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Hydraulic Controls


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I was looking at the Bateluer by RMT aviation and noticed the flight controls are all run through hydraulics. I actually phoned the designer and he told me that it eliminates the need for straight through controls (i.e. cables and push tubes) allowing him more design flexability. It seems like a good idea, has anyone considered adapting something like that to Long EZ or Cozy designs? Id like to start building in the next year or so and would appreciate any input pros or cons on the idea. Thanks

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Reliability has always been a problem. Torque tubes are a proven technology. I am not saying it can't work, but remember just how critical the control system is.

 

Maybe some wiser more knowledgeable heads will chime in here.

 

Here are some of the issues:

 

1. Is the system more reliable than conventional controls.

 

2. How difficult is the system to maintain?

 

3. Is the system heavier than a conventional system? I would add to this is not what the Bateluer thinks is reliable, but what would be a reliable design.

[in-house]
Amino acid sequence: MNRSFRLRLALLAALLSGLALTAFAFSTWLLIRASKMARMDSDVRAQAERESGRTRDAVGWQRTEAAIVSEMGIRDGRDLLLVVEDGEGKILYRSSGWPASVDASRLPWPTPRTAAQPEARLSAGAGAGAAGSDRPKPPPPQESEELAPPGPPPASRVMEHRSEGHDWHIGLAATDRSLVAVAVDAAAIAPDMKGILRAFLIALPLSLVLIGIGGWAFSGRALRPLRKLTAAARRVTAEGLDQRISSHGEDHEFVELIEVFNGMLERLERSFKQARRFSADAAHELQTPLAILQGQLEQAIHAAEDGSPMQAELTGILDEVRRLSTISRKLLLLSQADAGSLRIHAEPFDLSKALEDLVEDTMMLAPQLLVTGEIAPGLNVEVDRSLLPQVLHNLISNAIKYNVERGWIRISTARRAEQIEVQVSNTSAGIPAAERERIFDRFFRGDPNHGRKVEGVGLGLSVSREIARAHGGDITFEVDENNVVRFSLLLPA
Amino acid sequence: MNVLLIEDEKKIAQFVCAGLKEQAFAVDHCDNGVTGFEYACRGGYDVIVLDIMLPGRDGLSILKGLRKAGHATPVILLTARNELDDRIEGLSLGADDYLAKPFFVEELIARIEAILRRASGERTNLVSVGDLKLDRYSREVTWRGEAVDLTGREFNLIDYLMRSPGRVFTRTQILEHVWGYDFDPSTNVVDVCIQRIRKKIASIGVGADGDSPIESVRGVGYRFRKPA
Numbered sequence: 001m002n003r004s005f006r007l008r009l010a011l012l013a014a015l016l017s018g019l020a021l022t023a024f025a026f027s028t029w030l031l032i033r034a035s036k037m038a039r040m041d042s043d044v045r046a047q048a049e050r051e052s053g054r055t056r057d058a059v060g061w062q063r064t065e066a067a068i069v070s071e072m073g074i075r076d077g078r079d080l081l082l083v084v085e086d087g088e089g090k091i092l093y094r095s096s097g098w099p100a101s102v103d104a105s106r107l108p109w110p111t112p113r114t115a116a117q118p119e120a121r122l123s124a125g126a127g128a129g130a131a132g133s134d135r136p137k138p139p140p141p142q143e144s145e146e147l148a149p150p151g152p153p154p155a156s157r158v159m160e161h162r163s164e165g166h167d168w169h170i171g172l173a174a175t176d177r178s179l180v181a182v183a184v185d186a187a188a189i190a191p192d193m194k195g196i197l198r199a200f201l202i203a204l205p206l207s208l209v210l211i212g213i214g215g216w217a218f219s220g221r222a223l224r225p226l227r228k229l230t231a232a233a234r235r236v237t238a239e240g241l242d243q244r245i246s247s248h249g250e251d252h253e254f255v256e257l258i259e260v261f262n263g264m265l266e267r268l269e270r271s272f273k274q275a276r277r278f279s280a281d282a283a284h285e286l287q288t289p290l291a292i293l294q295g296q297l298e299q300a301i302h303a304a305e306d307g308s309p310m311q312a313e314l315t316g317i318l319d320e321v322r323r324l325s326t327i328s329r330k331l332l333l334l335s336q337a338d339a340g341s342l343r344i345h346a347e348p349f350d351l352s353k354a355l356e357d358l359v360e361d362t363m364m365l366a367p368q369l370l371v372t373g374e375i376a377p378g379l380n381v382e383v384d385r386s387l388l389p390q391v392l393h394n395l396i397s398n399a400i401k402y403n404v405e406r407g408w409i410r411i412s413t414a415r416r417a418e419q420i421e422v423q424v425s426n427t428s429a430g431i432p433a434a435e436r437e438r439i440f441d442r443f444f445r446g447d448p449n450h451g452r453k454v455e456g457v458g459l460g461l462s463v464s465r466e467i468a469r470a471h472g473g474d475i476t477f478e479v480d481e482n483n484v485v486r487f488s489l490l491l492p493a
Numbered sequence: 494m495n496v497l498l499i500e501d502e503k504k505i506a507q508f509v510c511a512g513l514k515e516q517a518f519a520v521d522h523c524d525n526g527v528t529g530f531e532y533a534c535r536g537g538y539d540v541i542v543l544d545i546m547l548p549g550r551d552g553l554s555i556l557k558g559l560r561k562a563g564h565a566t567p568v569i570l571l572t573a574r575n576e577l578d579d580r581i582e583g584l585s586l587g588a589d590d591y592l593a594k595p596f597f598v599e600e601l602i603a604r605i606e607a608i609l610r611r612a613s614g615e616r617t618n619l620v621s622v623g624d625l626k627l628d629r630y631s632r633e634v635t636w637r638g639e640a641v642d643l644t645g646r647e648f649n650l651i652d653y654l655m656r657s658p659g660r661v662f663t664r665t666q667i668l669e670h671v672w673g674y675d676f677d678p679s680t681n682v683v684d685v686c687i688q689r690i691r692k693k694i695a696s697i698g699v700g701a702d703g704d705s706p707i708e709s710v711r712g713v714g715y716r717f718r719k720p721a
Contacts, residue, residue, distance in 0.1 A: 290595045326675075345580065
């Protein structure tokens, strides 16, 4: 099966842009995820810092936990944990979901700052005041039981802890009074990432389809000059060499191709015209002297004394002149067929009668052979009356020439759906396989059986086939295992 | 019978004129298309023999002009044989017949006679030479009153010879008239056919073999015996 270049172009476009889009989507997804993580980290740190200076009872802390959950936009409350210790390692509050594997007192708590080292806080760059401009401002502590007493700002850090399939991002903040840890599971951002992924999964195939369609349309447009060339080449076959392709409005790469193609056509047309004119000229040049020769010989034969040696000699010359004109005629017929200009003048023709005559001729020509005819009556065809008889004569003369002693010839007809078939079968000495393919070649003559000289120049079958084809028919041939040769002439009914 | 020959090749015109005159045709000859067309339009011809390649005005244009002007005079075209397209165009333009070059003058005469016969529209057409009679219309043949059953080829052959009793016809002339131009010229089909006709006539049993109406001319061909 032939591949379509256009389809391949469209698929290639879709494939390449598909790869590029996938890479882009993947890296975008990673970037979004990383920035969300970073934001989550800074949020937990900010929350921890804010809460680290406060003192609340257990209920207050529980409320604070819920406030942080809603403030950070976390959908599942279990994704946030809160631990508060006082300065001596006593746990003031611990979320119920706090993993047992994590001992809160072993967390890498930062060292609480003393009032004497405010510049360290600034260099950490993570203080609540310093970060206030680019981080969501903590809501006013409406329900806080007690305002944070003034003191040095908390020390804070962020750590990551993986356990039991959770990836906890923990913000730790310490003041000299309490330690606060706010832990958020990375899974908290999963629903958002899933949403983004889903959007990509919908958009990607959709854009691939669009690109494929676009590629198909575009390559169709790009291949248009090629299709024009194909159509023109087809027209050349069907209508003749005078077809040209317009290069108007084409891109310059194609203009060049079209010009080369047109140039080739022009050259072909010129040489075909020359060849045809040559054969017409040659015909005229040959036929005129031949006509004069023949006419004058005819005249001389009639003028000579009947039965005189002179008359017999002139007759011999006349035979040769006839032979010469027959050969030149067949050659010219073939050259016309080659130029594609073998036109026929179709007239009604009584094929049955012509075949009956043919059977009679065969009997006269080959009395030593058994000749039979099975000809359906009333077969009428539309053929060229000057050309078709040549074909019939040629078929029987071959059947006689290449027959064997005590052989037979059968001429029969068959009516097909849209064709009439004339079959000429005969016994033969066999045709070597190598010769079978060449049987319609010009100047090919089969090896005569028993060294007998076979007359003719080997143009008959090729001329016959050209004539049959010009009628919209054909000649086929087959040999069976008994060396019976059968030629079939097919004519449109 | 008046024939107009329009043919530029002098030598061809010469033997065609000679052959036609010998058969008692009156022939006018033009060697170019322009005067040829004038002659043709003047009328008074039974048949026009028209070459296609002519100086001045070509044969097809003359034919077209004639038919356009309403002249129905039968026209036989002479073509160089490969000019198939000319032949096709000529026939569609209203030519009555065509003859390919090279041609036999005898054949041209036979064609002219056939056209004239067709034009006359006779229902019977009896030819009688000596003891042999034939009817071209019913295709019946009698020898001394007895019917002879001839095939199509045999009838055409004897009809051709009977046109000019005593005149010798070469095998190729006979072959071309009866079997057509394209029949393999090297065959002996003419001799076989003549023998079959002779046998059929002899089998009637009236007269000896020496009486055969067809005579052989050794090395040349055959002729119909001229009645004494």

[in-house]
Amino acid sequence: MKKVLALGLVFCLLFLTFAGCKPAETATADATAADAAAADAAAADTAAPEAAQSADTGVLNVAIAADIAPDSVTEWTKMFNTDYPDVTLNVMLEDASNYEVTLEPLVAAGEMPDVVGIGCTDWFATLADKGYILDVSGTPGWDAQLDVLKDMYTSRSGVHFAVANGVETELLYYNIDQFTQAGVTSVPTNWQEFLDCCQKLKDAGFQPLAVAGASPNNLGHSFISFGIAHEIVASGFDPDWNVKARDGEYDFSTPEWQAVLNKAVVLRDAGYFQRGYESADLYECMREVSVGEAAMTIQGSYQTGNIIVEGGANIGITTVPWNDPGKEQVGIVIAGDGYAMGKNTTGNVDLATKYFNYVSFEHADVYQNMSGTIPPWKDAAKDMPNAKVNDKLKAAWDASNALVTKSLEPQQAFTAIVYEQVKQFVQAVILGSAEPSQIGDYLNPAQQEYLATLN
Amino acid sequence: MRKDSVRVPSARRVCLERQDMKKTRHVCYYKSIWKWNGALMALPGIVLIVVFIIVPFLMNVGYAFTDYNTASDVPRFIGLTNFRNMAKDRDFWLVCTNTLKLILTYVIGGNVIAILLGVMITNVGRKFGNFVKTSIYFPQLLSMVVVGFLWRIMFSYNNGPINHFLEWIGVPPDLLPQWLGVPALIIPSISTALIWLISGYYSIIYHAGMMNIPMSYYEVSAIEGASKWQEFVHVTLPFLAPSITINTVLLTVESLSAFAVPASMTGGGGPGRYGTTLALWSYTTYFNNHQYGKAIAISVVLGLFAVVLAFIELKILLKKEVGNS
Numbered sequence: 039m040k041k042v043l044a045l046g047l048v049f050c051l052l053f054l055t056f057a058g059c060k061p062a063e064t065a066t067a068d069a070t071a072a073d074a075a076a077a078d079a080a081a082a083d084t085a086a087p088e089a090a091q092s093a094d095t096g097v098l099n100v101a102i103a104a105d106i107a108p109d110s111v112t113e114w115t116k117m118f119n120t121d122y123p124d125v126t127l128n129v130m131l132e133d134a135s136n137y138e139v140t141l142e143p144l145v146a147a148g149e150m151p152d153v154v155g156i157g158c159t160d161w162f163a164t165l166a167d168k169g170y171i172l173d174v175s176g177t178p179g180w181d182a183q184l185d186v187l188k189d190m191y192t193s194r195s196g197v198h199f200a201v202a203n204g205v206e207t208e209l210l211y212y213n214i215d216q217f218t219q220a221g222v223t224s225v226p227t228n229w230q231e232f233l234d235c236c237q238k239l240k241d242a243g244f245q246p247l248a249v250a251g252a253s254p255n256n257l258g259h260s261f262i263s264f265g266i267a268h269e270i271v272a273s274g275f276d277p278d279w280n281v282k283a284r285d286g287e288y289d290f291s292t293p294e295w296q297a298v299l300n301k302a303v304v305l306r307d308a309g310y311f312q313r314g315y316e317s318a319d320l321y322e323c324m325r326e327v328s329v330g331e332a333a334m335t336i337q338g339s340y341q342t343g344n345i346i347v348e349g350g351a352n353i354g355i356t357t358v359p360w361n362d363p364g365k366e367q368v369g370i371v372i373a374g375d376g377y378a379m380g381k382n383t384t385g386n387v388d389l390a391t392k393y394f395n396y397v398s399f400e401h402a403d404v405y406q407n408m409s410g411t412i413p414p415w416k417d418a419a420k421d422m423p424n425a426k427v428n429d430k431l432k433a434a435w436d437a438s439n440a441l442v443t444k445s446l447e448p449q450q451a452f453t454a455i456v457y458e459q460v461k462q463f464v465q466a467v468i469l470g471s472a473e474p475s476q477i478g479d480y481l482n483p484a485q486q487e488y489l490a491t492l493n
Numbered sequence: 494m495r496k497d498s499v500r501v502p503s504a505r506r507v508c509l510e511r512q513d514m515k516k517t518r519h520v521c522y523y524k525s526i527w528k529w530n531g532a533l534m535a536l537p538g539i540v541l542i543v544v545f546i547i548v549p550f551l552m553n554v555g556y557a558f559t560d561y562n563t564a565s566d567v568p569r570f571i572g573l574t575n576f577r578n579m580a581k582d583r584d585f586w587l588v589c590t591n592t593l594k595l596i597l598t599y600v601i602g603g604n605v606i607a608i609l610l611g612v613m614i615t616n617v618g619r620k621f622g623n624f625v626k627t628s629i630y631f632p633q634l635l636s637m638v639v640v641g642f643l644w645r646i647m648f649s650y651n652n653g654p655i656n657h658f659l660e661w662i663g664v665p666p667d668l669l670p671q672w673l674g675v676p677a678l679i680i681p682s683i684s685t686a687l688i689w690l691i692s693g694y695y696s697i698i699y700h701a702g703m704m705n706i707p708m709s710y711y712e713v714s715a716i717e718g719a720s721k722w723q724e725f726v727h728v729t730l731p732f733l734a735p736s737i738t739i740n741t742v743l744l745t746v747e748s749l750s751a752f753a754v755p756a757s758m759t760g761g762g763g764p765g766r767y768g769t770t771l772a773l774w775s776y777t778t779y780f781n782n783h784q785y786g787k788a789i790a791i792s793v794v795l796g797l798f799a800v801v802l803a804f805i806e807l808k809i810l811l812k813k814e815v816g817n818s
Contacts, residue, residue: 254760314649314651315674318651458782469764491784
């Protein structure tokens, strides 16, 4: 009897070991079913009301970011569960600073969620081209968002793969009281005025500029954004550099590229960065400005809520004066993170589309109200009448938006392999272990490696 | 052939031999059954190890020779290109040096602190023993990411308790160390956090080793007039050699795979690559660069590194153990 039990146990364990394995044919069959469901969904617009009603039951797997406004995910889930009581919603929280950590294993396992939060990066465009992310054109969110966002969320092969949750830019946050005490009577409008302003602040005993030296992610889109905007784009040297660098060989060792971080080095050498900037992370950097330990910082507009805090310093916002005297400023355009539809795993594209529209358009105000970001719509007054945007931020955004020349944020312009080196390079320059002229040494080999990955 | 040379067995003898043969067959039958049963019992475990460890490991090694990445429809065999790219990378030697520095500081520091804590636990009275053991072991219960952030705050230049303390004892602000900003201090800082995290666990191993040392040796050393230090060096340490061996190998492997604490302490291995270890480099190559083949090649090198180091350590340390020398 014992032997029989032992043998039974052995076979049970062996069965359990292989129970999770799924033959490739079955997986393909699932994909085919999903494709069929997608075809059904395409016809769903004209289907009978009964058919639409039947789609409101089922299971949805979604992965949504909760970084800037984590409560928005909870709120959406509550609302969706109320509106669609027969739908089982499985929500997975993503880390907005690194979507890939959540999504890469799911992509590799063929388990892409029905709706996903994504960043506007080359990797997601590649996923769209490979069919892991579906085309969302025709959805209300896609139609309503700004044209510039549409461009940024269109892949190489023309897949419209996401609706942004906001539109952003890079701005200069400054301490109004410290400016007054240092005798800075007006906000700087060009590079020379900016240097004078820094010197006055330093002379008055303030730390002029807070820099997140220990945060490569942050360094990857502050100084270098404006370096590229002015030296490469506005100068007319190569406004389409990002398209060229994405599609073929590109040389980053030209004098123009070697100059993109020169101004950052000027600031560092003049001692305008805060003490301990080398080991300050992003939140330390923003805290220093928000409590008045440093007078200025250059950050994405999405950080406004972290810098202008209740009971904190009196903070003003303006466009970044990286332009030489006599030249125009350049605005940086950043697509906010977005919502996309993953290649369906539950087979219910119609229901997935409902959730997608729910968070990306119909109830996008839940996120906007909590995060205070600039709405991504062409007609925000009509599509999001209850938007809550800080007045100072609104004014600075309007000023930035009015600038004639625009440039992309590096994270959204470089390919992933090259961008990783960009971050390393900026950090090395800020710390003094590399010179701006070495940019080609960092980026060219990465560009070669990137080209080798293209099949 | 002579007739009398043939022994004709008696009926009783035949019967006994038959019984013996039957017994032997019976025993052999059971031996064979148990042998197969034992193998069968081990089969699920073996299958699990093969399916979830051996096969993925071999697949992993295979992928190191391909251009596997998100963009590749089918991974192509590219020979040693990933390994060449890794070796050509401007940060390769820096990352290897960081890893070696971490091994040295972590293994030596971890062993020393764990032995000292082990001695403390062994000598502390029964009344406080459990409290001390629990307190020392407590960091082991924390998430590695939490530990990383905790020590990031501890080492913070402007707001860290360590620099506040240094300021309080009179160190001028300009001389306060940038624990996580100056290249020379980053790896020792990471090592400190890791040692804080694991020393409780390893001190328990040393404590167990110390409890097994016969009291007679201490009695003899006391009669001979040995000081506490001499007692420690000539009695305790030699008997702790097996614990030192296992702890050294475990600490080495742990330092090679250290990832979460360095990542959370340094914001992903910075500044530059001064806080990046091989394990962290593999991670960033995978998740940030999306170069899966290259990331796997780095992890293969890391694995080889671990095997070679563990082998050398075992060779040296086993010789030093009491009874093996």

4. Does the system cost more than a conventional system?

Nathan Gifford

Tickfaw, LA USA

Cozy Mk IV Plans Set 1330

Better still --> Now at CH 9

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I can only relay what was told to me by the folks at RMT themselves. When I inquired about the issue of reliability I was asked "how to you stop your car?". He then explained to me that hydraulics are very dependable, and when a hydraulic system fails its a slow failure such as a leak that makes the system feel spongy. Maintenance appears to be checking for leaks during aircraft inspections (including preflight) and keeping the fluids topped up. Apparently the control stick is attached to cylinders that transfer the movement pressures via fluid through tubing to small actuators linked to the control surfaces. I think one of the reason I find the system so intriguing is due to the fact that I am an A&P mechanic and the apparent simplicity (no cables to go out of tension ect.) makes me wonder why it hasnt been adapted before. As a mechanic, I just fix em, I let the engineers and numbers people tell me if its ok :).